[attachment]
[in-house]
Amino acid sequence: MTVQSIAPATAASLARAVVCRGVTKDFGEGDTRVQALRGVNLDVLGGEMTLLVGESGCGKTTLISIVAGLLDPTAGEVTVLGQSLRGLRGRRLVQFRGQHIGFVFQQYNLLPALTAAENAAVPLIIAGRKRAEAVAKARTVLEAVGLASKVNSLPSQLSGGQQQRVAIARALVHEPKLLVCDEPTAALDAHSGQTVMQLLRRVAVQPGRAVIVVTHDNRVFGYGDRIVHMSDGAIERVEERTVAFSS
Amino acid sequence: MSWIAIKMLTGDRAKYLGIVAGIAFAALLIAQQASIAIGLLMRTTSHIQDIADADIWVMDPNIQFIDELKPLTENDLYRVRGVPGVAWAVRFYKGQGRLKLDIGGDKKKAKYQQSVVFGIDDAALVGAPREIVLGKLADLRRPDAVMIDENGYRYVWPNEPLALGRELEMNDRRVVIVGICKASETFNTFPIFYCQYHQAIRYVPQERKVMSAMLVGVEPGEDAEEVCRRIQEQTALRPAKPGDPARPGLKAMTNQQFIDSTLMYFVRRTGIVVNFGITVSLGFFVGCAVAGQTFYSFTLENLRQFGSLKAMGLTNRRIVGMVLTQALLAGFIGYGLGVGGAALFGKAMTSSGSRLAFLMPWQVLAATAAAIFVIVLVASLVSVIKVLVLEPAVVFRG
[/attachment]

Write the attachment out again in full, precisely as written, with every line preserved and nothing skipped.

[in-house]
Amino acid sequence: MTVQSIAPATAASLARAVVCRGVTKDFGEGDTRVQALRGVNLDVLGGEMTLLVGESGCGKTTLISIVAGLLDPTAGEVTVLGQSLRGLRGRRLVQFRGQHIGFVFQQYNLLPALTAAENAAVPLIIAGRKRAEAVAKARTVLEAVGLASKVNSLPSQLSGGQQQRVAIARALVHEPKLLVCDEPTAALDAHSGQTVMQLLRRVAVQPGRAVIVVTHDNRVFGYGDRIVHMSDGAIERVEERTVAFSS
Amino acid sequence: MSWIAIKMLTGDRAKYLGIVAGIAFAALLIAQQASIAIGLLMRTTSHIQDIADADIWVMDPNIQFIDELKPLTENDLYRVRGVPGVAWAVRFYKGQGRLKLDIGGDKKKAKYQQSVVFGIDDAALVGAPREIVLGKLADLRRPDAVMIDENGYRYVWPNEPLALGRELEMNDRRVVIVGICKASETFNTFPIFYCQYHQAIRYVPQERKVMSAMLVGVEPGEDAEEVCRRIQEQTALRPAKPGDPARPGLKAMTNQQFIDSTLMYFVRRTGIVVNFGITVSLGFFVGCAVAGQTFYSFTLENLRQFGSLKAMGLTNRRIVGMVLTQALLAGFIGYGLGVGGAALFGKAMTSSGSRLAFLMPWQVLAATAAAIFVIVLVASLVSVIKVLVLEPAVVFRG